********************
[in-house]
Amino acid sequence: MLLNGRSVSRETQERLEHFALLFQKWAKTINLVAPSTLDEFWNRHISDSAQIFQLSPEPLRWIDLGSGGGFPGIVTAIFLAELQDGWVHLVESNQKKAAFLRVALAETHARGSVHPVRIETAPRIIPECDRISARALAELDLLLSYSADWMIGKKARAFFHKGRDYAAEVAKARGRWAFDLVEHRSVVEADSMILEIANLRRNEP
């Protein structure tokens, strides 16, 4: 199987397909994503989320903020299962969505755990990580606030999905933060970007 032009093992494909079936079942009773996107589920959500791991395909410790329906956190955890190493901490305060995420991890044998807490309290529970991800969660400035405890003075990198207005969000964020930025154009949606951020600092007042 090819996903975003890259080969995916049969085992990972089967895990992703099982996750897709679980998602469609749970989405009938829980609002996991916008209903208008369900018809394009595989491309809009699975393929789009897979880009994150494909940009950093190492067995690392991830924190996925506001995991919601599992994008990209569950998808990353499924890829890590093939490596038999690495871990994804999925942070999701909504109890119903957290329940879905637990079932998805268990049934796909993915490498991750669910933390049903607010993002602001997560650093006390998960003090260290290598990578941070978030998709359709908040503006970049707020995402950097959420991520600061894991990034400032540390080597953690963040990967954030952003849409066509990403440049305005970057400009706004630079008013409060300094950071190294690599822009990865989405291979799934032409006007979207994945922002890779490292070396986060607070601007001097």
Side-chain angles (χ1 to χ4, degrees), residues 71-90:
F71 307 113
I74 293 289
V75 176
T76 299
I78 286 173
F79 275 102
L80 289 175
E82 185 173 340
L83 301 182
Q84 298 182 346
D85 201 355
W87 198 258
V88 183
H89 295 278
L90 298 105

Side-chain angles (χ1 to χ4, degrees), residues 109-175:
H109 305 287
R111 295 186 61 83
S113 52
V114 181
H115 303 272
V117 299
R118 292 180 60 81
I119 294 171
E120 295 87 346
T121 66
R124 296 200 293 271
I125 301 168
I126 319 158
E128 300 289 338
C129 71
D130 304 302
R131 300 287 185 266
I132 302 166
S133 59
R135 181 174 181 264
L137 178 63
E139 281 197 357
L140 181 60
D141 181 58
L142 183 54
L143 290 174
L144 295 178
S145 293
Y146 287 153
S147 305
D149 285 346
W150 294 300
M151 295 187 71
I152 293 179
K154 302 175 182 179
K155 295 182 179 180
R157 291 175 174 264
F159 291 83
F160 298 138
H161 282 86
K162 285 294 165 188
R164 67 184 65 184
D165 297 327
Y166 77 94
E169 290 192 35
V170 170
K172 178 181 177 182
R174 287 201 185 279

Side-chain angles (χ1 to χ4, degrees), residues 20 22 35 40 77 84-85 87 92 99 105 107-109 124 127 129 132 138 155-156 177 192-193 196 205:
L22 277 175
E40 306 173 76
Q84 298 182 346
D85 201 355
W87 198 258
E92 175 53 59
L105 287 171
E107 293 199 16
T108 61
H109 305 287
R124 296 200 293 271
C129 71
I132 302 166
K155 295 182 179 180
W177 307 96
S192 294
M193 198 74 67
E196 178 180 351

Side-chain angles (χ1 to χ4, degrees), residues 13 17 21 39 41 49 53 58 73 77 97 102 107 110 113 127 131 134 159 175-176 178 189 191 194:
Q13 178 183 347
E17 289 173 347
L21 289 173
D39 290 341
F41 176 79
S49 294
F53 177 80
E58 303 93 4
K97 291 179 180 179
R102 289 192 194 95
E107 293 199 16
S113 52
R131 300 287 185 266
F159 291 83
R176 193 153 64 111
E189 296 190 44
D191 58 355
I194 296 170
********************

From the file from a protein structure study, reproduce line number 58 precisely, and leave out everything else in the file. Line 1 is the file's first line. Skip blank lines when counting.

F159 291 83